Nyckelord: political economy economic history digital humanities archaeology landscape spatial humanities assyriology middle east geographical information systems
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I received my BA (2009) and MA (2012) in Assyriology from the Department of Cross-Cultural and Regional Studies of the University of Copenhagen. I subsequently took up doctoral research with the Department of Archaeology of the University of Durham, generously supported by a Durham Doctoral Scholarship (2012-2015) from the Faculty of Social Sciences and Health. My work at Durham, conducted as part of the AHRC-funded Fragile Crescent Project, aimed at integrating textual and archaeological data in order to gauge the relative and absolute scale of political economies of Middle Bronze Age Northern Mesopotamia through a detailed study of cuneiform assemblages and archaeological survey indices from six specific locales.
Having received my PhD in Archaeology (2017), I spent a year in Berlin before obtaining a postdoctoral position with the ERC-funded Persia and Its Neighbours-project of the University of Durham in January 2018. Here, I worked with remote sensing of upland sites in northeast Iran. Since June 2018, I am a researcher with the project Memories for Life: Materiality and Memory of Ancient Near Eastern Inscribed Private Objects at the Department of Linguistics and Philology of the University of Uppsala, funded by the Swedish Research Council.
I am also an experienced field archaeologist, having participated in archaeological excavations in Jordan and Syria regularly since 2007. As a long-time instructor, and ultimately assistant director of the Islamic Jarash Project of the University of Copenhagen, I have written or co-authored multiple articles on the history and archaeology of northwest Jordan during the Late Antique and Early Islamic ages. Since 2017, I am assistant director of the Late Antique Jarash Project, also of the University of Copenhagen, directed by Louise Blanke.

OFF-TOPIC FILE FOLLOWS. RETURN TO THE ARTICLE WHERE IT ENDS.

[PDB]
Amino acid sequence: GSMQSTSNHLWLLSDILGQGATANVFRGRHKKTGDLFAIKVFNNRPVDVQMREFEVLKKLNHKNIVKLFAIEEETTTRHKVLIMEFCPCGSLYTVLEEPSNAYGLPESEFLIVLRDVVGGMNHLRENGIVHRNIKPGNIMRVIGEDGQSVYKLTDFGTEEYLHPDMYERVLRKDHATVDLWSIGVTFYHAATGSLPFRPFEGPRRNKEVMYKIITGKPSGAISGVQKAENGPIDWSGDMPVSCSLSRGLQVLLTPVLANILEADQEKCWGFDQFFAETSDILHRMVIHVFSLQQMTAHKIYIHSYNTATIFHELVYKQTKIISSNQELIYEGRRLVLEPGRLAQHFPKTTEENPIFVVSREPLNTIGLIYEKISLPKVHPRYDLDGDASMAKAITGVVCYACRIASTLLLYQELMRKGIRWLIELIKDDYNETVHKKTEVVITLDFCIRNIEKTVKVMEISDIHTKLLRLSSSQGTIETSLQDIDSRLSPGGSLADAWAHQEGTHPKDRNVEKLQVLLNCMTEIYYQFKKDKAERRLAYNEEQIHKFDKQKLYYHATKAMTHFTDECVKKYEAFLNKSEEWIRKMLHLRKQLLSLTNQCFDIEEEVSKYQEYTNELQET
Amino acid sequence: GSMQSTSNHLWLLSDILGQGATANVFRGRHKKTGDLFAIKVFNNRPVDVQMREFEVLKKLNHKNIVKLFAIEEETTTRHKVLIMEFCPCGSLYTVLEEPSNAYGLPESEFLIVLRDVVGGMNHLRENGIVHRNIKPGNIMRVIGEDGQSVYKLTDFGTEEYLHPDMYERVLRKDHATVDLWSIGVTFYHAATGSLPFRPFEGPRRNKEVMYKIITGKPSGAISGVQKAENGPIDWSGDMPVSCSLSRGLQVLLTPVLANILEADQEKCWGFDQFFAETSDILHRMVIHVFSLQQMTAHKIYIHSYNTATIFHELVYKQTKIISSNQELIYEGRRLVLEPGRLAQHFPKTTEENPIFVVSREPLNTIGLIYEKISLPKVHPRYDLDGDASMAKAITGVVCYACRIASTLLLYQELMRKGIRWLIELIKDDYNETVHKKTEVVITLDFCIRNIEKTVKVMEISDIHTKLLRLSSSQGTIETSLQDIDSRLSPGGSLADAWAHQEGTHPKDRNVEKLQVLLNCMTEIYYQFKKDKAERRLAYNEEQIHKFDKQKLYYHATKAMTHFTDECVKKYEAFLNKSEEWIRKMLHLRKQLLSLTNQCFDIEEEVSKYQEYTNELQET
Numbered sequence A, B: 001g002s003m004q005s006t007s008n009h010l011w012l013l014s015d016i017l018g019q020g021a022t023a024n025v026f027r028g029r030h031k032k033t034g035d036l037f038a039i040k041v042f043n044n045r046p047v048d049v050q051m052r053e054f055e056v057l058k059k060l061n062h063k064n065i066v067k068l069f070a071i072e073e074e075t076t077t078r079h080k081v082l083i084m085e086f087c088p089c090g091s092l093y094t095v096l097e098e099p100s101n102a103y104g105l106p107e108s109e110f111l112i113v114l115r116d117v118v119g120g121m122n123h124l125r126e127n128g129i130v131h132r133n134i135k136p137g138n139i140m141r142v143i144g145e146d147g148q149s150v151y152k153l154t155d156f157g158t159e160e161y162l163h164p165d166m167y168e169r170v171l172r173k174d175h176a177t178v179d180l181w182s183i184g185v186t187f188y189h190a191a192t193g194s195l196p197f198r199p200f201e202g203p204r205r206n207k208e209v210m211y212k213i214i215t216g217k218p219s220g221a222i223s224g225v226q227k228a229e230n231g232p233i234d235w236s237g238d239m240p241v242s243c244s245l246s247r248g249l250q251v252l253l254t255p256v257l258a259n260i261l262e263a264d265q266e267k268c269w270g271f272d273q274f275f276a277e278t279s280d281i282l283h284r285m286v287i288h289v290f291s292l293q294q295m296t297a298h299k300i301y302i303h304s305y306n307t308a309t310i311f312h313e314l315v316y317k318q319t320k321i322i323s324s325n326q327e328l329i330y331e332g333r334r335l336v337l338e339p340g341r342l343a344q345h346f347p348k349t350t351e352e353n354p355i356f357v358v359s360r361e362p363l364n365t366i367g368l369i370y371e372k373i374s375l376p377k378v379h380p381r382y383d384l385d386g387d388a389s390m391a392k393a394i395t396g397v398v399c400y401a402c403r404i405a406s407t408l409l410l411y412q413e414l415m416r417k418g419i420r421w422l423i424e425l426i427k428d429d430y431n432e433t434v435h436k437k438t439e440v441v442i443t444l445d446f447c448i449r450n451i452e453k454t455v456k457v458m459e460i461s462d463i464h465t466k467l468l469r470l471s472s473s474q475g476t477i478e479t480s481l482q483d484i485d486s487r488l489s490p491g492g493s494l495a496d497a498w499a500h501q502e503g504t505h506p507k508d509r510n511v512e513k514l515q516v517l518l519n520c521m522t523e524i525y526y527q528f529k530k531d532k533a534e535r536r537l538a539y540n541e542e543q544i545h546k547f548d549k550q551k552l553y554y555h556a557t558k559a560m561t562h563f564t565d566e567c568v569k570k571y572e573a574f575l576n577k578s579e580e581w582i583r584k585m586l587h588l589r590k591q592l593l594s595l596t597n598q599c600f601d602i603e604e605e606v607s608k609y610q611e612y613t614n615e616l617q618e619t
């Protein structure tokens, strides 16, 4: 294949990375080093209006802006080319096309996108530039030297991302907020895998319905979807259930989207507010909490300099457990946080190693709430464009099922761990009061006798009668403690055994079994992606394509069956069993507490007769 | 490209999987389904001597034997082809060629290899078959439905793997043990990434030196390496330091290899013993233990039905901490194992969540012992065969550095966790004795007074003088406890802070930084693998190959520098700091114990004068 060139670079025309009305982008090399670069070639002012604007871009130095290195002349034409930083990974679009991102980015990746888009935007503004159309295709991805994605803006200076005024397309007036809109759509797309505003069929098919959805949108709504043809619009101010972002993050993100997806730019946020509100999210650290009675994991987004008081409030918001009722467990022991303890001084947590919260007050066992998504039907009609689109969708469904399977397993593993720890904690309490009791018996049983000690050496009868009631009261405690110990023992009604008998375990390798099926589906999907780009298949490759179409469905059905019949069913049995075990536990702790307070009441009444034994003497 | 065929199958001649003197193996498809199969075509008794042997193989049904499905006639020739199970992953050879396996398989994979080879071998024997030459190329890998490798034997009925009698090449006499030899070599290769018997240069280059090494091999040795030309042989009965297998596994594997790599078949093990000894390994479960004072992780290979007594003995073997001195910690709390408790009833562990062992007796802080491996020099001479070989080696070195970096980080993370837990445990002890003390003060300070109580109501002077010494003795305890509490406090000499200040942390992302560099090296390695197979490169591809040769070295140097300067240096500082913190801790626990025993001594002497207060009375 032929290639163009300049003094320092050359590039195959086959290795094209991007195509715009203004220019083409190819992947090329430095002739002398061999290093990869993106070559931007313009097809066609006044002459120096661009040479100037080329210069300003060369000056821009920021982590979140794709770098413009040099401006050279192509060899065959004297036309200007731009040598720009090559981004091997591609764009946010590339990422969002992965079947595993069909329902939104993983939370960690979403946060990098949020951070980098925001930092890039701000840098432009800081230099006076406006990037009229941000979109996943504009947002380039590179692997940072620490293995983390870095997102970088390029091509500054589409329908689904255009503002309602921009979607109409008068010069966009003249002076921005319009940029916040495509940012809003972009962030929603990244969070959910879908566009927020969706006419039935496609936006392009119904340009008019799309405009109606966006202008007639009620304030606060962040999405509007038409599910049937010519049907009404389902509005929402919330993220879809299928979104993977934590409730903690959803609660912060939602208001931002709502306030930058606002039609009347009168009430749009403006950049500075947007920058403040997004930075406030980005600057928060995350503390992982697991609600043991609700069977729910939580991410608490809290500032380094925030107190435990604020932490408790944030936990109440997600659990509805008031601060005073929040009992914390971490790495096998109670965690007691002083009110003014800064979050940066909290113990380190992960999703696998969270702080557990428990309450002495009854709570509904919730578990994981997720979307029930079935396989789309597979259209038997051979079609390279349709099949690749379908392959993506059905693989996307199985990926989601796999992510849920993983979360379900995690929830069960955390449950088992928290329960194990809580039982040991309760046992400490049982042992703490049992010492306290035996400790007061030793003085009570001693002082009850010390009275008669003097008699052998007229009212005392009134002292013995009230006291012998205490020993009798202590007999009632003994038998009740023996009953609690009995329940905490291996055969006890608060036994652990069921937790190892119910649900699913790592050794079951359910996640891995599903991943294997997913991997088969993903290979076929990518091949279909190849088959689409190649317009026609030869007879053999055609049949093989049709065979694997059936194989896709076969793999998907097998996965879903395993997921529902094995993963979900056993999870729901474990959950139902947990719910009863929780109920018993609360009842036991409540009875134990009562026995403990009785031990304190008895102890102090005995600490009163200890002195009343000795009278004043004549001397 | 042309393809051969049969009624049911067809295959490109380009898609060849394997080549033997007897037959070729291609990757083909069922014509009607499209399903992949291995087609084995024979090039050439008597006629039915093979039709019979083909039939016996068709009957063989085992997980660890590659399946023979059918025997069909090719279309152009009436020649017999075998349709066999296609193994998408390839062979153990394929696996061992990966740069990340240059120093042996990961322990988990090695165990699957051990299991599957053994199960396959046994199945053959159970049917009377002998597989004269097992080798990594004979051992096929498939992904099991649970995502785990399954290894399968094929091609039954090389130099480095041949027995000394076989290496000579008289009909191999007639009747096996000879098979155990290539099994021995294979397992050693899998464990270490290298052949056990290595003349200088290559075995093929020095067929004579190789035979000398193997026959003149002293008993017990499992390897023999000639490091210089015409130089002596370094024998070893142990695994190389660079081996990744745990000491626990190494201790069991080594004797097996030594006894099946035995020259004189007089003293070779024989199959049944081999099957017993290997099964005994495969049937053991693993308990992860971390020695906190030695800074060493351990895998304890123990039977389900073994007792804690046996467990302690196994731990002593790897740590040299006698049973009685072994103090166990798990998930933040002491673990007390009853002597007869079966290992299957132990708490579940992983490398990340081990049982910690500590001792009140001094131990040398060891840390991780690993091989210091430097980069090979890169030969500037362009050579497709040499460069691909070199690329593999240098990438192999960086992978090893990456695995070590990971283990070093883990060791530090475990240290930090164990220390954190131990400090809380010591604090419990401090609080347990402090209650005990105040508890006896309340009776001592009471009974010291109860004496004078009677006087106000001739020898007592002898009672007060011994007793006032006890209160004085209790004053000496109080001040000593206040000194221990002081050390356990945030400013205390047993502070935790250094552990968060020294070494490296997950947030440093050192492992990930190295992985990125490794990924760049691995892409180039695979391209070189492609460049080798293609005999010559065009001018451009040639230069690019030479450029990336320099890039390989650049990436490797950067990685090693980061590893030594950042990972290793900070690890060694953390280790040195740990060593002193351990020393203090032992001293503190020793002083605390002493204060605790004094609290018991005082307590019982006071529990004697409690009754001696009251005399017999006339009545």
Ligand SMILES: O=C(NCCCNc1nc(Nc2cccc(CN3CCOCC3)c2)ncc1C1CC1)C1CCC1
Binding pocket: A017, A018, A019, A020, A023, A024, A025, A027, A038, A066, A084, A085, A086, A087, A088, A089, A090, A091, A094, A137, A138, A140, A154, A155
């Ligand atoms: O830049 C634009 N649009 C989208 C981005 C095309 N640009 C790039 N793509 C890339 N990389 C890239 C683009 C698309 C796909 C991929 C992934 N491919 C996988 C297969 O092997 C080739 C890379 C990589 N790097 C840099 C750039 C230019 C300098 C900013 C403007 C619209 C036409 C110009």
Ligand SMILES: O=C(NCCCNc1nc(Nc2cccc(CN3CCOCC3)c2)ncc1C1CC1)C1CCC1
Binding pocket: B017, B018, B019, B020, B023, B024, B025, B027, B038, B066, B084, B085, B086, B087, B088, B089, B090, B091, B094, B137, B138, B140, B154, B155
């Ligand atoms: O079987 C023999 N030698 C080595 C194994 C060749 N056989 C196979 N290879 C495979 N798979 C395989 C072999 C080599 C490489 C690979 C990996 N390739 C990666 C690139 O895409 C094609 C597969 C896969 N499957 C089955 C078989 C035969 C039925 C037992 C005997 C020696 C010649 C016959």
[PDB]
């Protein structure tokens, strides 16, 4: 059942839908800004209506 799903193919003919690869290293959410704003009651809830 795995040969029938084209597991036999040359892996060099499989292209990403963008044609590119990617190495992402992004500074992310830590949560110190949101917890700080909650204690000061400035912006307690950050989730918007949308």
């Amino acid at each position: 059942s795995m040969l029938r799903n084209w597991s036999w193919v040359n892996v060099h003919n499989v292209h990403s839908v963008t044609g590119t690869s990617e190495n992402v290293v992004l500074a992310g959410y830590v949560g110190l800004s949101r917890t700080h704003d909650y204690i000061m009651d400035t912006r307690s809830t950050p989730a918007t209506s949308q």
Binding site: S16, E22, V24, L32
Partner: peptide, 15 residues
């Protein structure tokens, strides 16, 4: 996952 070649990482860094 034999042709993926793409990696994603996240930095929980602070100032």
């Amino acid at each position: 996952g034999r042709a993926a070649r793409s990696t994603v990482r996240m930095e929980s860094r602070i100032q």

My primary responsibility within the Memories for Life (M4L) project is to develop the database and framework for understanding and visualising information from the primary project catalogue in spatial data applications (GIS). As the M4L covers a uniquely broad historical and geographical spanning some 3,000 years of recorded history, data from the project is particularly well suited to develop the kind of wider comparative perspectives on ancient texts and landscapes that I have already been working with during my doctoral years. My work therefore also seeks to expand upon and further develop spatial humanities approaches to the cuneiform record and large-scale analyses of textual corpora from the ancient world more generally.
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